Seamus Heaney was deeply affected by the seascape of his native Ireland. Anyone who works on or beside the sea is aware of the resonant names from the Shipping Forecasts, and the poet has used those names here to introduce his word-picture of the elemental Atlantic.

Near Malin Head 2

On the Beara

Donegal Beach

Atlantic contrasts from Mizen to Malin: near Malin Head – Ireland’s most northerly point (top), off the Beara (centre) and a beach in Donegal (lower)

A later traveller over the Atlantic waters was Chistopher Columbus in the 15th century. On the way he looked out for St Brendan’s Isle, a spectral island situated in the North Atlantic somewhere off the coast of Africa. It appeared on numerous maps in Columbus’ time, often referred to as La isla de SamborombónThe first mention of the island was in the ninth-century Latin text Navigatio Sancti Brendani Abatis (Voyage of Saint Brendan the Abbot), from whence it became firmly implanted into Irish mythology. St Brendan took a little party of monks to the island to say Mass: when they returned after a few days to the rest of the flotilla, they were told that they had been away for a year! The phantom island was seen on and off by mariners for years until in 1723 a priest performed the rite of exorcism towards it during one of its apparitions behind low cloud… You can see St Brendan’s Isle for yourselves, above the wonderful giant fish in the second picture down.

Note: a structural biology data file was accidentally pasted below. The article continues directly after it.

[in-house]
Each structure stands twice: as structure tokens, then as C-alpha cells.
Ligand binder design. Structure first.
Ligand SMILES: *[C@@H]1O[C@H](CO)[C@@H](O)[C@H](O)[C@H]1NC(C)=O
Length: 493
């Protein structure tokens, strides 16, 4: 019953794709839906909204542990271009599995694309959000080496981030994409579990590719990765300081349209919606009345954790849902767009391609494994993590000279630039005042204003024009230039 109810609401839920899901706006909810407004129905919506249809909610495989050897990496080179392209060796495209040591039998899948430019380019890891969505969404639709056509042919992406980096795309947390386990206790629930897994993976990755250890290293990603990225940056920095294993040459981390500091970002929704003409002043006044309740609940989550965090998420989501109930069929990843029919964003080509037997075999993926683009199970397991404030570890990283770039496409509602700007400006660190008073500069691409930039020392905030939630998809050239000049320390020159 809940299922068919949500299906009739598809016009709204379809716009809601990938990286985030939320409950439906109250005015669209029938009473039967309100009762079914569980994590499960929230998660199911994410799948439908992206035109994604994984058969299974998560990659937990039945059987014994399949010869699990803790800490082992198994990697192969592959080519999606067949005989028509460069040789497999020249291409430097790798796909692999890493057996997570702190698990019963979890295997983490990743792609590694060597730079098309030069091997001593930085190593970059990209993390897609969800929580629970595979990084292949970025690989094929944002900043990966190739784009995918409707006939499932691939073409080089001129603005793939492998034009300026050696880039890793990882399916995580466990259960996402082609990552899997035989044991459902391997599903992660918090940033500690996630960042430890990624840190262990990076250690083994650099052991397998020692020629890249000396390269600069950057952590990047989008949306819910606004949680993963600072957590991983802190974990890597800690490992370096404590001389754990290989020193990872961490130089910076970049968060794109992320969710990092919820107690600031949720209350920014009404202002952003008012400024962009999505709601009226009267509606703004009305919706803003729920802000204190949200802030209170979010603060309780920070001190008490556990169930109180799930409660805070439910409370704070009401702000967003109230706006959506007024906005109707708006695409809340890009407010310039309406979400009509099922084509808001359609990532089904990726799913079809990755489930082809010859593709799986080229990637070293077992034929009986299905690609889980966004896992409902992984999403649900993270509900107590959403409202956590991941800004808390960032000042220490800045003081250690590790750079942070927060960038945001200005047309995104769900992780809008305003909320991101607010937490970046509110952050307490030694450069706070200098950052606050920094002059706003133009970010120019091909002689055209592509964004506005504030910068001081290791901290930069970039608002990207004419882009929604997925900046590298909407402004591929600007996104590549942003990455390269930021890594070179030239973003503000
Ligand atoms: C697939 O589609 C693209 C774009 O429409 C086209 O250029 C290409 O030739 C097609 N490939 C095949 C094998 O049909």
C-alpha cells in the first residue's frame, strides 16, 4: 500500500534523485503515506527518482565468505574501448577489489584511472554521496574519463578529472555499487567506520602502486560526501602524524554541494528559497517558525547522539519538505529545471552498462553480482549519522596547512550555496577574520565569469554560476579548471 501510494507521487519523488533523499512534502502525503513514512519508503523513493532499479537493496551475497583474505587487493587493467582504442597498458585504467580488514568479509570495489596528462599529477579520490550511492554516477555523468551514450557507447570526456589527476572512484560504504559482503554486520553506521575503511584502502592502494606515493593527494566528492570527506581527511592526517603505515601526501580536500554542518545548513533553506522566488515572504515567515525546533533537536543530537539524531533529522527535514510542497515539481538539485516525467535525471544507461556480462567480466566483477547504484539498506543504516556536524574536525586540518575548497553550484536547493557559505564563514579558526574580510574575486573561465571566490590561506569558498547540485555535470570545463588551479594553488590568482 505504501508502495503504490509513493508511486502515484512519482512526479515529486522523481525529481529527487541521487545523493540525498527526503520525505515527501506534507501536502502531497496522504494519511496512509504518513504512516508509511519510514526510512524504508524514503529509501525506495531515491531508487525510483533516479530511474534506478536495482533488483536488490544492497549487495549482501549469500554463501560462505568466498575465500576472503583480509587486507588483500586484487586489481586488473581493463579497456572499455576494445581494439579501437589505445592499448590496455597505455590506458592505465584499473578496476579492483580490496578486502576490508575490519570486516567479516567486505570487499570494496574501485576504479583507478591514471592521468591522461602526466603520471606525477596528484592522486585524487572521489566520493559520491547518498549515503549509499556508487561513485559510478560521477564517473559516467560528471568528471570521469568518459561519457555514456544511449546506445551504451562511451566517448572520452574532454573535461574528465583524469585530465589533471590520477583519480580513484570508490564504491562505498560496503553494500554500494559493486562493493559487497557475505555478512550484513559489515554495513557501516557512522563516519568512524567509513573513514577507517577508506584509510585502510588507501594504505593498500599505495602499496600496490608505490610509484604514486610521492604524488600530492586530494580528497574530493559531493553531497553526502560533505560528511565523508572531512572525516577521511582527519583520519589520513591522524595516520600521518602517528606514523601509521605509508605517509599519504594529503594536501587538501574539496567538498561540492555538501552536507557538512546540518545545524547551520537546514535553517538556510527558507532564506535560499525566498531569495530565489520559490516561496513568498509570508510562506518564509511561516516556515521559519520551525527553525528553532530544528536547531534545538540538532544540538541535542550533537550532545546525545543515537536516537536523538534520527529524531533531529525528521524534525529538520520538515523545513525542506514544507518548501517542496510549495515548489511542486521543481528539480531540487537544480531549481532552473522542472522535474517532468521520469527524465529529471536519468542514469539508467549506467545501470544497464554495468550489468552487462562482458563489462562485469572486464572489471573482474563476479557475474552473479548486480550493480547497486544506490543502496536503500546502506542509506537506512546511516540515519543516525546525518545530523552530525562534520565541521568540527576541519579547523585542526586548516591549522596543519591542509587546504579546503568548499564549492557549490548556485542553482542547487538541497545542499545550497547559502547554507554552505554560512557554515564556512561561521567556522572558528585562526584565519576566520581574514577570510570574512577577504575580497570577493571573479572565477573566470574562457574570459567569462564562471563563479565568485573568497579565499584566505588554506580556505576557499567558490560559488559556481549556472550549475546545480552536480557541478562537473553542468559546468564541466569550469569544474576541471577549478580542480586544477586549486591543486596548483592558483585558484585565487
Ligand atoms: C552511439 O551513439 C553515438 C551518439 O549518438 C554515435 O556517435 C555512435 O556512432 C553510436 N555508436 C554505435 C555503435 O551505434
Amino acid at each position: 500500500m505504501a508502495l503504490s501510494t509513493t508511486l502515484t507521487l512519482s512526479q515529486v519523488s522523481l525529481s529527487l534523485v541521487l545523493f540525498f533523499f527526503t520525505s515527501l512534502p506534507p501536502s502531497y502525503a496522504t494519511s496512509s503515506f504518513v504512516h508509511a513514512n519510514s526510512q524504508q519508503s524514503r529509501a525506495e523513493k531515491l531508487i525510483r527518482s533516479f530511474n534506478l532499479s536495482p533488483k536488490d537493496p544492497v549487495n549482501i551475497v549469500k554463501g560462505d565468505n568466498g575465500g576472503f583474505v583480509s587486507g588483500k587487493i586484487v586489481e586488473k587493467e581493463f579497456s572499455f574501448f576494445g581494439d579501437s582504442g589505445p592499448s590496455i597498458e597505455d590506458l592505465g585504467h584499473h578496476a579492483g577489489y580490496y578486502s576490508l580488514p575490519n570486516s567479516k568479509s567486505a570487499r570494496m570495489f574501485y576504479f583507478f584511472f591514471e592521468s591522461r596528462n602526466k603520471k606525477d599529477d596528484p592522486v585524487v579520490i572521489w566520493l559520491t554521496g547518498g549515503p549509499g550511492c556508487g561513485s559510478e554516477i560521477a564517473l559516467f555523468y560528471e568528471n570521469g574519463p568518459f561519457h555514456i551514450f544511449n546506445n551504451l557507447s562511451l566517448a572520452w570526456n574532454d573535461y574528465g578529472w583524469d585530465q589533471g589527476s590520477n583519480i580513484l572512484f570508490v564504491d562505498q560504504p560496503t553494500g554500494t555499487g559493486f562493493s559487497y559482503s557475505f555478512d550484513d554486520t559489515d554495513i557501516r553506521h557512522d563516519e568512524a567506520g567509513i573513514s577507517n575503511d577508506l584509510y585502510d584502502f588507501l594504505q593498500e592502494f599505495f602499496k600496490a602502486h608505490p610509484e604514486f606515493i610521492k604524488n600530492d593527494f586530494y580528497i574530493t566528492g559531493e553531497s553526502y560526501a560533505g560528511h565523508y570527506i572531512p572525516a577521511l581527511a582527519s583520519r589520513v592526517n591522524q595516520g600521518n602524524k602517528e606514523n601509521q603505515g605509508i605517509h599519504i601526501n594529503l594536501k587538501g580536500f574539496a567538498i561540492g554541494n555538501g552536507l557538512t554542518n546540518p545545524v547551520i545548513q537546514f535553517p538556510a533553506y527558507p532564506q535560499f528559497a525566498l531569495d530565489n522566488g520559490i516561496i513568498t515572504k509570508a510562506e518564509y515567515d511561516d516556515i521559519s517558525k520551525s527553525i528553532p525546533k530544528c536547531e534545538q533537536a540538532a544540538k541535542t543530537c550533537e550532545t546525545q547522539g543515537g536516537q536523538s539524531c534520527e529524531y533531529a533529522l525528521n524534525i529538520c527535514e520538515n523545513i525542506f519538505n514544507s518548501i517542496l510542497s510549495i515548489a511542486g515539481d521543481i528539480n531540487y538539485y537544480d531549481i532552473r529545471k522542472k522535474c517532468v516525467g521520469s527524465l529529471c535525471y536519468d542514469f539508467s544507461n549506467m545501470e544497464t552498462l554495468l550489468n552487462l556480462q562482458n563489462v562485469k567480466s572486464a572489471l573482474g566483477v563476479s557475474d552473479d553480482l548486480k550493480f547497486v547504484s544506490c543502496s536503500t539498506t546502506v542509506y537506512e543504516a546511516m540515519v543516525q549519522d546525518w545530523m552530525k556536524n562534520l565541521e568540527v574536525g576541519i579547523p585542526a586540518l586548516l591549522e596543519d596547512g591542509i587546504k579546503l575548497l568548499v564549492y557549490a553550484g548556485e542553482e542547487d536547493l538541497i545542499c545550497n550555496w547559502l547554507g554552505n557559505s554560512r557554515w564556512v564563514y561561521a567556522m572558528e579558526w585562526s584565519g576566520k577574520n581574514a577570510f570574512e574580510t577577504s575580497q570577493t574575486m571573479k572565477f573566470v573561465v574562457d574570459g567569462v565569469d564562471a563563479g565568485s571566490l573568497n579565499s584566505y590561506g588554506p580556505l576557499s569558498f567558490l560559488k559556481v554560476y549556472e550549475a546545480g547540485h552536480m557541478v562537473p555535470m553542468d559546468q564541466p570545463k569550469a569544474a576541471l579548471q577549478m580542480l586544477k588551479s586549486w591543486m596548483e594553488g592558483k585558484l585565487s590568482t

Dingle Peninsula

Coast Road

Dingle peninsula (top), and Coast Road in Donegal (lower)

I was pleased to find this Irish Times video made by Peter Cox when he was fundraising for his book Atlantic Light: spectacular photographs of the coastline on Ireland’s Wild Atlantic Way. The excellent aerial views in this film are all taken by a drone… Look out for places you will have seen in our blogs!

atlantic video

We are privileged that the Atlantic Ocean is the abiding but ever-changing feature in our daily lives. It must affect us in unknown ways: I do know that, wherever I go in this world, I will – like Saint Brendan – always be drawn back here to our wonderful safe haven…



Uisce Beatha


Ireland is an island – a fairly small one. There’s a lot of water surrounding it (3,500 miles of coastline) and coming out of the sky. This abundance of water has shaped the natural landscape and coloured it emerald green. Not surprisingly, traditional life, history, culture and folklore in this country are imbued with watery references.

Schull Pier

Schull Pier